Commentary: What miners need to know about Canada’s new payment reporting law – by Graham Erion and John Munnis (Northern Miner – November 11, 2012)

The Northern Miner, first published in 1915, during the Cobalt Silver Rush, is considered Canada’s leading authority on the mining industry. 

On Oct. 23, 2014, the Government of Canada introduced its long-awaited legislation to mandate disclosure of public payments made by mining and oil & gas companies for the commercial development of oil, gas and minerals. The Extractive Sector Transparency Measures Act follows over a year of industry consultations and an industry and civil society-led roundtable, both of which Davis LLP has covered extensively. With the introduction of the Act, key details for the payment reporting scheme have been clarified, which are reviewed below.

The basic payment reporting obligation

The Act applies to any entity engaged in, or controlling other entities engaged in, the commercial development of oil, gas or minerals anywhere in the world so long as the entity: has publicly listed in Canada; has a place of business in Canada, does business in Canada or has assets in Canada, and that, based on its consolidated financial statements, meets at least two of the following conditions for at least one of its two most recent financial years; has $20 million in assets; has $40 million in revenue; and/or has 250 employees.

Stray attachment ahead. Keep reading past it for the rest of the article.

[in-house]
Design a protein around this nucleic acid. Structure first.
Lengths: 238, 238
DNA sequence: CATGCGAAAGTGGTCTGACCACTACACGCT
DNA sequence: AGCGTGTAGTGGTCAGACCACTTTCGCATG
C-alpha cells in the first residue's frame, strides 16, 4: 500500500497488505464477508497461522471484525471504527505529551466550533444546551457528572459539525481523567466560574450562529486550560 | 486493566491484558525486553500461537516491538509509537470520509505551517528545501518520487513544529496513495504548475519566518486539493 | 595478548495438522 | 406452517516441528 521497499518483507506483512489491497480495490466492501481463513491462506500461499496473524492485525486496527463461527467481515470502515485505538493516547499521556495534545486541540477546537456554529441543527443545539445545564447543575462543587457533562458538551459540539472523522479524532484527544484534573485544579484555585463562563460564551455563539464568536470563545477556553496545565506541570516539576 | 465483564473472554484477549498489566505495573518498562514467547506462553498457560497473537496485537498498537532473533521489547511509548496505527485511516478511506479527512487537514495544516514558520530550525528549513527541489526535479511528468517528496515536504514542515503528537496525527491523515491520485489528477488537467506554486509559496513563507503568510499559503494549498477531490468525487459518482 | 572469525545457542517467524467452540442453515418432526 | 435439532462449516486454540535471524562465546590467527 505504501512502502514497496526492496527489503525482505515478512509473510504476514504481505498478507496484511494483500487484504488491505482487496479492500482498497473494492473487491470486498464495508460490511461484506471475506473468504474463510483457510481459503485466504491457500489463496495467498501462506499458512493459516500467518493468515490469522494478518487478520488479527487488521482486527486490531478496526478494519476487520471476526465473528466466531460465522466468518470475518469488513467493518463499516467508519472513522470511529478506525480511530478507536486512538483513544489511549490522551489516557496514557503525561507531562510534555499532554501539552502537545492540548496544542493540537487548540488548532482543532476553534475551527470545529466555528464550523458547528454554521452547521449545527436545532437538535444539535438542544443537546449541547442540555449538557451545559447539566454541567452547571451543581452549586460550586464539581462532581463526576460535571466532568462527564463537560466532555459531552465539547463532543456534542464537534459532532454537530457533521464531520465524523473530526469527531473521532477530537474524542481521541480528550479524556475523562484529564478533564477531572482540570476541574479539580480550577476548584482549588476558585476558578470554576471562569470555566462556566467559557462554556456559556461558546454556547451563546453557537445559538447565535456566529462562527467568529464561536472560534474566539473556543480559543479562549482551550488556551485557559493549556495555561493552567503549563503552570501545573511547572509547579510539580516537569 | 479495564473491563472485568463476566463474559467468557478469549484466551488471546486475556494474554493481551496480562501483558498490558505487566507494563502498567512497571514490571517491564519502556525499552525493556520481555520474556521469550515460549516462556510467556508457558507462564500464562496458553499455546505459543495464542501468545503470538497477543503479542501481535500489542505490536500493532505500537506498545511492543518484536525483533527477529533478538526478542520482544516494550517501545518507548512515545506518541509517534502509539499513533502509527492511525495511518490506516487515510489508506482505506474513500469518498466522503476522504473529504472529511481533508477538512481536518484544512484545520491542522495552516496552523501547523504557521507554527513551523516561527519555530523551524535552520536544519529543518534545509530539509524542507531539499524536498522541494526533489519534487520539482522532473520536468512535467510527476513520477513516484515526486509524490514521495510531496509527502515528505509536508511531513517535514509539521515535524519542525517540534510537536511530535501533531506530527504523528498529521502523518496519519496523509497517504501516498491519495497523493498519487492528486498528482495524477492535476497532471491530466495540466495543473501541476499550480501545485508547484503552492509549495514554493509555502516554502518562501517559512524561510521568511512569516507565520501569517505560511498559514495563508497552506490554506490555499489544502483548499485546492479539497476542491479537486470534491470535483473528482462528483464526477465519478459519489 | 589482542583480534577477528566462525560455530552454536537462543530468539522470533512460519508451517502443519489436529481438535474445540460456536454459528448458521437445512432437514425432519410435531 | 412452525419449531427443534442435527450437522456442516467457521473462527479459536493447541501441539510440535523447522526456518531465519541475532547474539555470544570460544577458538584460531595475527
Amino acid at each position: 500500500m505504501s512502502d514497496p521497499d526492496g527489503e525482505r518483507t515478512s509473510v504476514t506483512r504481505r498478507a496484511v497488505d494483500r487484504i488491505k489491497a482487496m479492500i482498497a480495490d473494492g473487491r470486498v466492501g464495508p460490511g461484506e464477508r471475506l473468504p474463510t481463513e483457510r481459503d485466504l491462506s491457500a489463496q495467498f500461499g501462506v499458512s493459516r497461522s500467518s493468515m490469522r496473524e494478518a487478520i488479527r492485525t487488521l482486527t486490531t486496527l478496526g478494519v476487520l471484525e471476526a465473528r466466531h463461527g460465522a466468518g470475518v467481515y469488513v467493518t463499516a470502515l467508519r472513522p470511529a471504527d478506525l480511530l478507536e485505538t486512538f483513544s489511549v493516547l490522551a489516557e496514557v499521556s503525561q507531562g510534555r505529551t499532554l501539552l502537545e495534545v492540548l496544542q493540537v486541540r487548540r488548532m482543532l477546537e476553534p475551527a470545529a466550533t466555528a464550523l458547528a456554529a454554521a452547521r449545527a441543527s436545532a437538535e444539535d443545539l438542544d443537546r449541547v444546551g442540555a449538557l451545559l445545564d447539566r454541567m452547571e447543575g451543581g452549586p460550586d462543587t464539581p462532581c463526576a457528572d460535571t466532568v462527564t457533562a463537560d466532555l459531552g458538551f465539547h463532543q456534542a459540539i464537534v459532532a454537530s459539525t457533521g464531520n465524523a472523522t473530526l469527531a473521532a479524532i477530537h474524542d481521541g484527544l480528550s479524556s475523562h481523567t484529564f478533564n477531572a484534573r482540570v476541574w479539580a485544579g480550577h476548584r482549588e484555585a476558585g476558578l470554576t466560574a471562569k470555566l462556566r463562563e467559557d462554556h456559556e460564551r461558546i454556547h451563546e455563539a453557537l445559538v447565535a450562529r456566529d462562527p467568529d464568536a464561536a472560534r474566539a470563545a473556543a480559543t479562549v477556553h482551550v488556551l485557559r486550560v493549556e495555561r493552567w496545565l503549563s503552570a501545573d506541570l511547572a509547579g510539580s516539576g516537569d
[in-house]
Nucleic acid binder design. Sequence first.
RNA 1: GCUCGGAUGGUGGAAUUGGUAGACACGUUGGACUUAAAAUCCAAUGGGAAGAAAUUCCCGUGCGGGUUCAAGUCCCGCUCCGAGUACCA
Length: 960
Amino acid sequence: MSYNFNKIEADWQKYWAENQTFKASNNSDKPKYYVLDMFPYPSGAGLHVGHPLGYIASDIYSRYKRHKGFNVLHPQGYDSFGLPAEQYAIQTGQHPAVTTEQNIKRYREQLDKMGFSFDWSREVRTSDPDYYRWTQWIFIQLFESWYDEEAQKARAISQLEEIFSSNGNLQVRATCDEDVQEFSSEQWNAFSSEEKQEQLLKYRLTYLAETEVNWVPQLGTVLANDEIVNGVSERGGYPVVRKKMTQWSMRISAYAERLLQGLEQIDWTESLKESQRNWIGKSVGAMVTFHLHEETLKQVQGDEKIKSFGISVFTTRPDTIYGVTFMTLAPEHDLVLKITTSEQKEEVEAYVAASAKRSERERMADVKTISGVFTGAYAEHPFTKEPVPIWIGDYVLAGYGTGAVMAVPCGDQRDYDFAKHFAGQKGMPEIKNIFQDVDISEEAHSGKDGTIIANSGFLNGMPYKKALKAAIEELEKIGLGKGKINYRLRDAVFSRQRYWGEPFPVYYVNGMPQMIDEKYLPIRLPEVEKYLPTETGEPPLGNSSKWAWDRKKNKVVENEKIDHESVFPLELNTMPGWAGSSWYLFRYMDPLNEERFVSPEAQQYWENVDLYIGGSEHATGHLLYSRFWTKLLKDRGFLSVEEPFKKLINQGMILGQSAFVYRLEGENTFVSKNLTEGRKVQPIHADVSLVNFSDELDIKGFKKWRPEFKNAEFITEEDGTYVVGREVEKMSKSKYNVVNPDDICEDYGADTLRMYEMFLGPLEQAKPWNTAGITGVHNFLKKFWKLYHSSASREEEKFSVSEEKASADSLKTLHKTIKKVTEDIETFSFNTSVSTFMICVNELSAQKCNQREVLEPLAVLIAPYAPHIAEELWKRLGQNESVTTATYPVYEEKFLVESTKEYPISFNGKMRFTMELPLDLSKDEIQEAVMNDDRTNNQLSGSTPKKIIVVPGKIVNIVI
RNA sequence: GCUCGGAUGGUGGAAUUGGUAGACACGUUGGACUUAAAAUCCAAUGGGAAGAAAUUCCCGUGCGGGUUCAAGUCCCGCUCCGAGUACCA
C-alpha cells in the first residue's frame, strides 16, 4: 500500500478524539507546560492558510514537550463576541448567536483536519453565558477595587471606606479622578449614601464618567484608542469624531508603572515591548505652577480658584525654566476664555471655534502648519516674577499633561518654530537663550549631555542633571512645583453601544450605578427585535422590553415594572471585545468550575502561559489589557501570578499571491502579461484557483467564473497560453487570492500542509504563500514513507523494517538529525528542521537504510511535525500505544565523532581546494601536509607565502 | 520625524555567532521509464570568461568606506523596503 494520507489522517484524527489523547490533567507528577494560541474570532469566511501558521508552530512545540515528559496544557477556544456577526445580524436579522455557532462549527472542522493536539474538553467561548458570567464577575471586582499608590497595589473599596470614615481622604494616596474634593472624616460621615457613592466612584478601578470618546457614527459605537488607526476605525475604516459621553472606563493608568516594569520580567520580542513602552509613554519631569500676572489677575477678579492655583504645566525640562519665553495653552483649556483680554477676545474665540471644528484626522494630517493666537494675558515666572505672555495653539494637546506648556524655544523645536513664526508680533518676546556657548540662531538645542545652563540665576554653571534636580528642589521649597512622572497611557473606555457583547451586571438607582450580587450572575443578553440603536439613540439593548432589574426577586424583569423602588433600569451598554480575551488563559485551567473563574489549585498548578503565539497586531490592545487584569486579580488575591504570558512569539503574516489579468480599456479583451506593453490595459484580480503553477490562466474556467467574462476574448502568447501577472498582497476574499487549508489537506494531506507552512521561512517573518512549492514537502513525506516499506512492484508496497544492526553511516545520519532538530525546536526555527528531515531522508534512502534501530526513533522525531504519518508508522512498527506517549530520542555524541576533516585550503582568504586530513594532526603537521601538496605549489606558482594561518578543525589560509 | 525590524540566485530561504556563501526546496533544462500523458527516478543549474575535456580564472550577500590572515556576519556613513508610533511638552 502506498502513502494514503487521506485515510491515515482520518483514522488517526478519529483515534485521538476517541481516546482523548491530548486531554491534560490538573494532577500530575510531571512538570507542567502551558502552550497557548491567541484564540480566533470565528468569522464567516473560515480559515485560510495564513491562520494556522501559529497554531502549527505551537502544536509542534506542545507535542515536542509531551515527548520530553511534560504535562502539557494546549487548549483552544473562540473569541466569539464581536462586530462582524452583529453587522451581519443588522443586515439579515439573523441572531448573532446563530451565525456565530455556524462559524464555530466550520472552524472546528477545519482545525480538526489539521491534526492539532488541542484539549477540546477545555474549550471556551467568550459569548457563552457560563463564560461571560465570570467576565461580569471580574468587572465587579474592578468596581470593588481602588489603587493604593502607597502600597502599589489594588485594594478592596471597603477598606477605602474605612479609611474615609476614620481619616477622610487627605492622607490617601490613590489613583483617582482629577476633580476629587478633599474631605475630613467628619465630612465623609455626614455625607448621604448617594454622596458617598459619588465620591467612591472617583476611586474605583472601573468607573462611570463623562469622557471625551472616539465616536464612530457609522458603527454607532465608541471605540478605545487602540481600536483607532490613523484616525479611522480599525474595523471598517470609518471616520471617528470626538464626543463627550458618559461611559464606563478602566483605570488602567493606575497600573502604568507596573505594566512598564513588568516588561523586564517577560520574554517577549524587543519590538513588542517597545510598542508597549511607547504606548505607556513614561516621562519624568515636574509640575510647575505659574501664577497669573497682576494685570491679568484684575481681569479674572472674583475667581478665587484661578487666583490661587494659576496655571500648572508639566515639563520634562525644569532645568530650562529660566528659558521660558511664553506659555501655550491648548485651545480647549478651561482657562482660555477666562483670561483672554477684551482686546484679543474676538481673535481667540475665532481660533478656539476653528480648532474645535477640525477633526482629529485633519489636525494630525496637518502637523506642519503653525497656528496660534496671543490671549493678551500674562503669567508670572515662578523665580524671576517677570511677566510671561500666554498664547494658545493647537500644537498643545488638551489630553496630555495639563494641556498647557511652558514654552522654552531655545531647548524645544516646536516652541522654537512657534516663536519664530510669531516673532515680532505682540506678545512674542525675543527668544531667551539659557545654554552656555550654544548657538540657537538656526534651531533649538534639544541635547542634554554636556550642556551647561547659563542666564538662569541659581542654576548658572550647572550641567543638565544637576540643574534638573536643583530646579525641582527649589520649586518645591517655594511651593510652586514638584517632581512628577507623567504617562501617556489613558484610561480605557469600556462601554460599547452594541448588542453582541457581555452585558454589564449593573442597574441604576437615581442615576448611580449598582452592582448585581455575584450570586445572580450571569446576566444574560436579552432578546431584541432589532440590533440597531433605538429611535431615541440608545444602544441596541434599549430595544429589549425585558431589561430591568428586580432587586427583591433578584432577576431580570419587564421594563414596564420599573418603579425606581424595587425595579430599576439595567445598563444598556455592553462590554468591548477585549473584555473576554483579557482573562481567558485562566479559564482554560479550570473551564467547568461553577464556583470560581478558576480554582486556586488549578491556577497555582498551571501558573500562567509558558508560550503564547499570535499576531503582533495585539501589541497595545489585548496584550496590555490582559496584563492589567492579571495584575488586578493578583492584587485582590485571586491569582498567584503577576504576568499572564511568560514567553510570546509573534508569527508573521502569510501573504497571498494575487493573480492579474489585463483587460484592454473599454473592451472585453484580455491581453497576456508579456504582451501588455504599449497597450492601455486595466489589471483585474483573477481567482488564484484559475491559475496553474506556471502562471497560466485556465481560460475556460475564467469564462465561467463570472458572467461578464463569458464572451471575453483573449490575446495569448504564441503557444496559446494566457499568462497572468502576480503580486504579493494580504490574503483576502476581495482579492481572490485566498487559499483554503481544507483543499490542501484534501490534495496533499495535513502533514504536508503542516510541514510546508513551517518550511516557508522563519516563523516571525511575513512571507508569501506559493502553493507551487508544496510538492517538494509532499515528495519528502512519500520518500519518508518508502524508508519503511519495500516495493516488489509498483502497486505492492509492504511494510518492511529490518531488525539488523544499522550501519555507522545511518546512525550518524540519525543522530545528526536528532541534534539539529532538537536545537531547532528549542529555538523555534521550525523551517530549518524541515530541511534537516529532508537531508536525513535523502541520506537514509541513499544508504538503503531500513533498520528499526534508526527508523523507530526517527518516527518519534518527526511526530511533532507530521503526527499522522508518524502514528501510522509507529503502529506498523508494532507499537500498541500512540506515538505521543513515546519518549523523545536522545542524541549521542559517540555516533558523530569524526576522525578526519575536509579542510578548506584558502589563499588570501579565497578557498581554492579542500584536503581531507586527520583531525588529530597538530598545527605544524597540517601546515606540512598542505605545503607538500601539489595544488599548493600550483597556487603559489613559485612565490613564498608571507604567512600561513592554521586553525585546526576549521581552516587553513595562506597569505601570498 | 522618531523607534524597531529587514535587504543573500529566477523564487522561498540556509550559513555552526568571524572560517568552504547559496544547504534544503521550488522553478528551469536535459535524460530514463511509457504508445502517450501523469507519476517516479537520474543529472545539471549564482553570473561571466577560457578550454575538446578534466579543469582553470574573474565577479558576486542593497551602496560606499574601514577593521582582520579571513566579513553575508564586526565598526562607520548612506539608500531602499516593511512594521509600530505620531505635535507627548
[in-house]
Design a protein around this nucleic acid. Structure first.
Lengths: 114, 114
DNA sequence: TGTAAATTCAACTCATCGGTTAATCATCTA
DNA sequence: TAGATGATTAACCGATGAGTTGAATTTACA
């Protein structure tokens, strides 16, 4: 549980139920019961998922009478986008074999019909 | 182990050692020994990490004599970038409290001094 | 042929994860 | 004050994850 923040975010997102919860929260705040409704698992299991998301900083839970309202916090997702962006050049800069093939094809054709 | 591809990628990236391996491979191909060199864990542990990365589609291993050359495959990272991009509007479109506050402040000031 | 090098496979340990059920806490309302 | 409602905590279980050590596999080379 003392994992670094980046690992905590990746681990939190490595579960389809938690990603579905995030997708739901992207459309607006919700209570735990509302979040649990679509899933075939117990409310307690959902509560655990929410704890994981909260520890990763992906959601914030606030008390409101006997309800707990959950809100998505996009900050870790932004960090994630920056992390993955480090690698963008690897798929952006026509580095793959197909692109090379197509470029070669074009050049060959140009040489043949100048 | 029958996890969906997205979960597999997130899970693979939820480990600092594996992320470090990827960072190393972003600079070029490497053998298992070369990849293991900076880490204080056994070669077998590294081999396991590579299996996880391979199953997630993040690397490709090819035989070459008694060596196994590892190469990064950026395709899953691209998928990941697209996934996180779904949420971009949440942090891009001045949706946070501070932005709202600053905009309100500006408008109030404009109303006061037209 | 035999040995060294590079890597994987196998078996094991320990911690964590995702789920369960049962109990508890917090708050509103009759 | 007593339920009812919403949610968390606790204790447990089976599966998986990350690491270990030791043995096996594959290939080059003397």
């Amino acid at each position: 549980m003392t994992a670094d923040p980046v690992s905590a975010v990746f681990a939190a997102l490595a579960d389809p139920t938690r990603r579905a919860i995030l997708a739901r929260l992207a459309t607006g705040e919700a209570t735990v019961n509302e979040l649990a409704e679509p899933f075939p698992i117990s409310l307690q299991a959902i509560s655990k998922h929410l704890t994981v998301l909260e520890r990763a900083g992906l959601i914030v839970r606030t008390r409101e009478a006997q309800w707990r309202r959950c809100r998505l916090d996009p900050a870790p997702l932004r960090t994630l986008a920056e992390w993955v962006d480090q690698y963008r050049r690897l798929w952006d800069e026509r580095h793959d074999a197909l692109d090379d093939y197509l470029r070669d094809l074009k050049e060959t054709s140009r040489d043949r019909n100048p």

Entities covered under the Act must provide the Canadian government with an annual report detailing the payments it has made directly or indirectly to a public body — whether monetary or in-kind — to develop oil, gas or minerals if the total amount of such payments during the previous financial year is at least $100,000 (or such other amount if prescribed by regulation).

The categories of payments include taxes (other than consumption or personal income taxes), royalties, fees, production entitlements, bonuses, dividends (other than to ordinary shareholders), infrastructure improvements and other payments as may be prescribed by regulation.

Heavily debated aspects

The Act clarifies a number of aspects of the payment reporting scheme that were heavily debated and discussed during various industry consultations and roundtables.

The top-five most important provisions of the Act that have been clarified:

1. Verification: The annual payment report will be required to include an attestation made by a director or officer of the entity or an independent auditor or accountant, that the report is true, accurate and complete. This is a significantly relaxed verification standard from earlier discussions where the government had indicated that it was seeking verification solely from independent auditors, akin to accounting standards for annual financial statements. It is expected that verification by a director or officer should lower compliance costs for covered entities.

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